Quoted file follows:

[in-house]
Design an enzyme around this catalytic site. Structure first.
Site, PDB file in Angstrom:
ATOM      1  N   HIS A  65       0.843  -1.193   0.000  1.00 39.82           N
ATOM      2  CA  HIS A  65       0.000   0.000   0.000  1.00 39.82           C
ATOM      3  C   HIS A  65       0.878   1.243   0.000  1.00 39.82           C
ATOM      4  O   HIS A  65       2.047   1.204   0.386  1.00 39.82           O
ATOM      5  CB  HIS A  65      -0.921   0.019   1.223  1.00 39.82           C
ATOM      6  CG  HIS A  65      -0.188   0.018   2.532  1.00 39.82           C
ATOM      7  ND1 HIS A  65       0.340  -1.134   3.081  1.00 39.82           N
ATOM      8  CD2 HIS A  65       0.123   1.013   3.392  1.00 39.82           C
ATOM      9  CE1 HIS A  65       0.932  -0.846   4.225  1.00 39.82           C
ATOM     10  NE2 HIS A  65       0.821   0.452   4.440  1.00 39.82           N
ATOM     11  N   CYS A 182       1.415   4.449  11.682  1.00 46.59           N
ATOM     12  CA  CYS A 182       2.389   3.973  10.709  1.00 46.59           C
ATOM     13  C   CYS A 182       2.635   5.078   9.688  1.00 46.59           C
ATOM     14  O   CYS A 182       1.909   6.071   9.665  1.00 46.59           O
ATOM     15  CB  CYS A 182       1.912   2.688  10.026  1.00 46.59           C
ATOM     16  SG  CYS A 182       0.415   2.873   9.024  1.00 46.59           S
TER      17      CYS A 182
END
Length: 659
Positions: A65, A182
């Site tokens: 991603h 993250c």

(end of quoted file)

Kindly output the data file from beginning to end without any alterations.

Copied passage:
[in-house]
Design an enzyme around this catalytic site. Structure first.
Site, PDB file in Angstrom:
ATOM      1  N   HIS A  65       0.843  -1.193   0.000  1.00 39.82           N
ATOM      2  CA  HIS A  65       0.000   0.000   0.000  1.00 39.82           C
ATOM      3  C   HIS A  65       0.878   1.243   0.000  1.00 39.82           C
ATOM      4  O   HIS A  65       2.047   1.204   0.386  1.00 39.82           O
ATOM      5  CB  HIS A  65      -0.921   0.019   1.223  1.00 39.82           C
ATOM      6  CG  HIS A  65      -0.188   0.018   2.532  1.00 39.82           C
ATOM      7  ND1 HIS A  65       0.340  -1.134   3.081  1.00 39.82           N
ATOM      8  CD2 HIS A  65       0.123   1.013   3.392  1.00 39.82           C
ATOM      9  CE1 HIS A  65       0.932  -0.846   4.225  1.00 39.82           C
ATOM     10  NE2 HIS A  65       0.821   0.452   4.440  1.00 39.82           N
ATOM     11  N   CYS A 182       1.415   4.449  11.682  1.00 46.59           N
ATOM     12  CA  CYS A 182       2.389   3.973  10.709  1.00 46.59           C
ATOM     13  C   CYS A 182       2.635   5.078   9.688  1.00 46.59           C
ATOM     14  O   CYS A 182       1.909   6.071   9.665  1.00 46.59           O
ATOM     15  CB  CYS A 182       1.912   2.688  10.026  1.00 46.59           C
ATOM     16  SG  CYS A 182       0.415   2.873   9.024  1.00 46.59           S
TER      17      CYS A 182
END
Length: 659
Positions: A65, A182
């Site tokens: 991603h 993250c």